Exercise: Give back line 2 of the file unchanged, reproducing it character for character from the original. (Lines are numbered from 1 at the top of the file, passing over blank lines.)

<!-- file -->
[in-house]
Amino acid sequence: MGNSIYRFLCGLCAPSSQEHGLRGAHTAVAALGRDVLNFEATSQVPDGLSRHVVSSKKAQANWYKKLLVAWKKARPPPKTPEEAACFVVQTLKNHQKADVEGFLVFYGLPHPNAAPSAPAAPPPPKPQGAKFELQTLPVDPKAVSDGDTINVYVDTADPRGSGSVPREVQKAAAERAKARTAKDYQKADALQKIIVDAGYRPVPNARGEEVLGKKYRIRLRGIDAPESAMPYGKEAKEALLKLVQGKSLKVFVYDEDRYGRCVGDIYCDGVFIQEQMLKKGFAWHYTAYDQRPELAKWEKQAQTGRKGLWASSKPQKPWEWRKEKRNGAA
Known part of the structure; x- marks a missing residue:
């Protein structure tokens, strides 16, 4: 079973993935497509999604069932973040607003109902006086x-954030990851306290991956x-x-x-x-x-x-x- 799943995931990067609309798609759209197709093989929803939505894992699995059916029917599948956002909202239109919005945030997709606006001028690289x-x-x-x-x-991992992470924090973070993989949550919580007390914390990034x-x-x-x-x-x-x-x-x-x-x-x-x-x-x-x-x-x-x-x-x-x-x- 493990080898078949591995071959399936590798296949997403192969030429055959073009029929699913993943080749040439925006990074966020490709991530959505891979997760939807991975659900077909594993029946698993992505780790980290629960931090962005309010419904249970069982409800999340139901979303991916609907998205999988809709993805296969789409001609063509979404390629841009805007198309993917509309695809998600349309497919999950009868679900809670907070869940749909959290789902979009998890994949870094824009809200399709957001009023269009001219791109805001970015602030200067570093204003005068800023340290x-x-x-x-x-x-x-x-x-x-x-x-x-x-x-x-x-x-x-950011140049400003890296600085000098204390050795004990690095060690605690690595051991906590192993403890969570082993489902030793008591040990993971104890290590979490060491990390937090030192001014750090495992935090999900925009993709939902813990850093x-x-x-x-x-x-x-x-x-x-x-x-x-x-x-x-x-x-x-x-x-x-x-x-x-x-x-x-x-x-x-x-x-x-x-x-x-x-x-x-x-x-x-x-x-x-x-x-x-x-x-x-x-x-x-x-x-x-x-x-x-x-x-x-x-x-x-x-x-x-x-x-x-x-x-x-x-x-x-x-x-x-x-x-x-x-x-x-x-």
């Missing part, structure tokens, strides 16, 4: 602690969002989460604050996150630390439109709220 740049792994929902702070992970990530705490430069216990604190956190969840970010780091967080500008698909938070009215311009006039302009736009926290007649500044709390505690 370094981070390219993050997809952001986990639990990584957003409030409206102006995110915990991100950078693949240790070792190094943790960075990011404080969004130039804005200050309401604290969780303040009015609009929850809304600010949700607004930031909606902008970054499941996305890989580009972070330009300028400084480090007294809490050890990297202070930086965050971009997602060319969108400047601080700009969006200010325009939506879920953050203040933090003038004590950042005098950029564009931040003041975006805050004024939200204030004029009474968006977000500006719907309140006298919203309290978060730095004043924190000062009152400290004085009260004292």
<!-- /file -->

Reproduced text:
Amino acid sequence: MGNSIYRFLCGLCAPSSQEHGLRGAHTAVAALGRDVLNFEATSQVPDGLSRHVVSSKKAQANWYKKLLVAWKKARPPPKTPEEAACFVVQTLKNHQKADVEGFLVFYGLPHPNAAPSAPAAPPPPKPQGAKFELQTLPVDPKAVSDGDTINVYVDTADPRGSGSVPREVQKAAAERAKARTAKDYQKADALQKIIVDAGYRPVPNARGEEVLGKKYRIRLRGIDAPESAMPYGKEAKEALLKLVQGKSLKVFVYDEDRYGRCVGDIYCDGVFIQEQMLKKGFAWHYTAYDQRPELAKWEKQAQTGRKGLWASSKPQKPWEWRKEKRNGAA